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SeqMatic Forum: Finding the Right Histopathology Pipeline

The histopathology pipeline, a critical component of the preclinical evaluation of medical devices, encompasses a series of meticulous steps designed to analyze the biological response to implanted materials. This process begins with necropsy, targeting both tissues intended for clinical implantation (target tissue) and those not directly impacted by the device (non-target tissue). Non-target tissues, including regional lymph nodes, the five major organs, and all organs specified in annex E of ISO 10993-11, are collected to meet regulatory requirements and to observe any potential systemic effects or abnormalities. Preparation for a perfusion may also be considered at this stage if deemed necessary.

The next step, grossing, involves the trimming or “breadloafing” of the collected tissues, which may also undergo decalcification if the implant is in contact with bone, utilizing one of several agents such as formic acid, hydrochloric acid, or EDTA. This step ensures that the tissues are properly prepared for subsequent processing and analysis.

histopathological staining and microscopic imaging of the implant site then follow, employing one of three main embedding methods: paraffin, which involves alcohol dehydration and xylene clearing before sectioning with a microtome; frozen, utilizing cryoprotectants and OCT (optimal cutting temperature compound) for sectioning in a cryostat; and plastic embedding, where resin is used and sections are cut with an ultramicrotome for ultrastructural analysis. Each method is selected based on the specific requirements of the study and the nature of the tissues and devices being examined.

The final step involves staining the prepared sections for visualization under a microscope. Hematoxylin and eosin (H&E) staining is commonly used for general tissue morphology, while special stains and immunohistochemistry (IHC) provide detailed insights into specific tissue components and cellular responses. Examples of special stains include Trichrome for connective tissue and Luxol Fast Blue for myelin, and IHC stains such as GFAP for astrocytes and Iba-1 for microglia, offering a deeper understanding of the tissue’s response to the implanted device (see Figure 1). Through this comprehensive histopathology pipeline, researchers can obtain a detailed view of the device-tissue interaction, guiding the development of safer and more effective medical technologies.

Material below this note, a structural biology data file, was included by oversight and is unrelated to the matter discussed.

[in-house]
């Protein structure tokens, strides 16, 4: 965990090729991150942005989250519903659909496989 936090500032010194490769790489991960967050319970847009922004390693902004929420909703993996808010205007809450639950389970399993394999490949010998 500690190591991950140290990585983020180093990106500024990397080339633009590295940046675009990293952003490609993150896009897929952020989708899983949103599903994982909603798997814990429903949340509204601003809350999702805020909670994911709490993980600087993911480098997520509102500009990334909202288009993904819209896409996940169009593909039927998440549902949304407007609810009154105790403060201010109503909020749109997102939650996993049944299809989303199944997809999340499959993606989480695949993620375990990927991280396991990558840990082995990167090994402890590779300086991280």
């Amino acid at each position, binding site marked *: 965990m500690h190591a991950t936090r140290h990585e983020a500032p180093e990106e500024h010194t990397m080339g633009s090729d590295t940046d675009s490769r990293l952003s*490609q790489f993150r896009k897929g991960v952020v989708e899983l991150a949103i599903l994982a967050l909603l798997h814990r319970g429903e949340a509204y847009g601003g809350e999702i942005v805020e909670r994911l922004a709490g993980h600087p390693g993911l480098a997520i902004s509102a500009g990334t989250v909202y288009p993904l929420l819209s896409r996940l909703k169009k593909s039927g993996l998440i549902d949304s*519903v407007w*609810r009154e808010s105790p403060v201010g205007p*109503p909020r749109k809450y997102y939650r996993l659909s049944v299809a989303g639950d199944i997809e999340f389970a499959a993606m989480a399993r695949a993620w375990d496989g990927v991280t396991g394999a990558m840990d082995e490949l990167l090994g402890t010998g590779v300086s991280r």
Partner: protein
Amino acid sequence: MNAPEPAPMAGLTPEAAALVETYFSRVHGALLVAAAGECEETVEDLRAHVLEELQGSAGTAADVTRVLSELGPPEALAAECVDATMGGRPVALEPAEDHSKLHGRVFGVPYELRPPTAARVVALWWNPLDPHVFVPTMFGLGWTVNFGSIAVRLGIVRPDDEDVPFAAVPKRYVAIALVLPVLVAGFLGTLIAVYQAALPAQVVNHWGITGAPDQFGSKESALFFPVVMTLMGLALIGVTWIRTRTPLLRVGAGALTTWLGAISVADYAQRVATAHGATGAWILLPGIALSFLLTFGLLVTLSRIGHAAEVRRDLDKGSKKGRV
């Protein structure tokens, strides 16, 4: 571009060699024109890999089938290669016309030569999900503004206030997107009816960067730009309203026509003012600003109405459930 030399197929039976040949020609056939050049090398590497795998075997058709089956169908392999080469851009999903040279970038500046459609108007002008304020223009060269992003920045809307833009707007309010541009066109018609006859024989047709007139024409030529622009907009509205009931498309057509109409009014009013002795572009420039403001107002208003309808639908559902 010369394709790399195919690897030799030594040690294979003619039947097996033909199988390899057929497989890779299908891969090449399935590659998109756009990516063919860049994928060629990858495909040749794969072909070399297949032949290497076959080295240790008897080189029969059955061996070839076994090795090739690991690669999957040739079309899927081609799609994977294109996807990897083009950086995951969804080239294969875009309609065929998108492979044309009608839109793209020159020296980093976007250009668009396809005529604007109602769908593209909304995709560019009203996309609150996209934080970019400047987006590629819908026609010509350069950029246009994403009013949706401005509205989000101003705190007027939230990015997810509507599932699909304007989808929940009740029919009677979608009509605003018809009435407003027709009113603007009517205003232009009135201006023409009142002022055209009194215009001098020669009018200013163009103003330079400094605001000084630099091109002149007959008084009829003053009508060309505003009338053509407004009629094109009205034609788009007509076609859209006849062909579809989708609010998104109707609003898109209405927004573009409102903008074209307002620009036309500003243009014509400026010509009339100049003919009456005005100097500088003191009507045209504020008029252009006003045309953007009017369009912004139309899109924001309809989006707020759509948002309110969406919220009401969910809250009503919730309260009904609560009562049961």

Figure 1: This figure presents an immunofluorescent image of a brain sample implanted with different neural electrodes, stained for markers Iba-1 and GFAP, to analyze the immune response elicited by each electrode type. By comparing the intensity and distribution of Iba-1, a microglia/macrophage marker, and GFAP, an astrocyte marker, the figure highlights variations in glial activation and neuroinflammatory responses associated with each electrode. The analysis aims to determine which electrode design is less reactive to the immune system, providing insights into developing neural interfaces with minimized gliosis and enhanced biocompatibility1.


  1. Shen, W., Das, S., Vitale, F. et al. Microfabricated intracortical extracellular matrix-microelectrodes for improving neural interfaces. Microsyst Nanoeng 4, 30 (2018). https://doi.org/10.1038/s41378-018-0030-5

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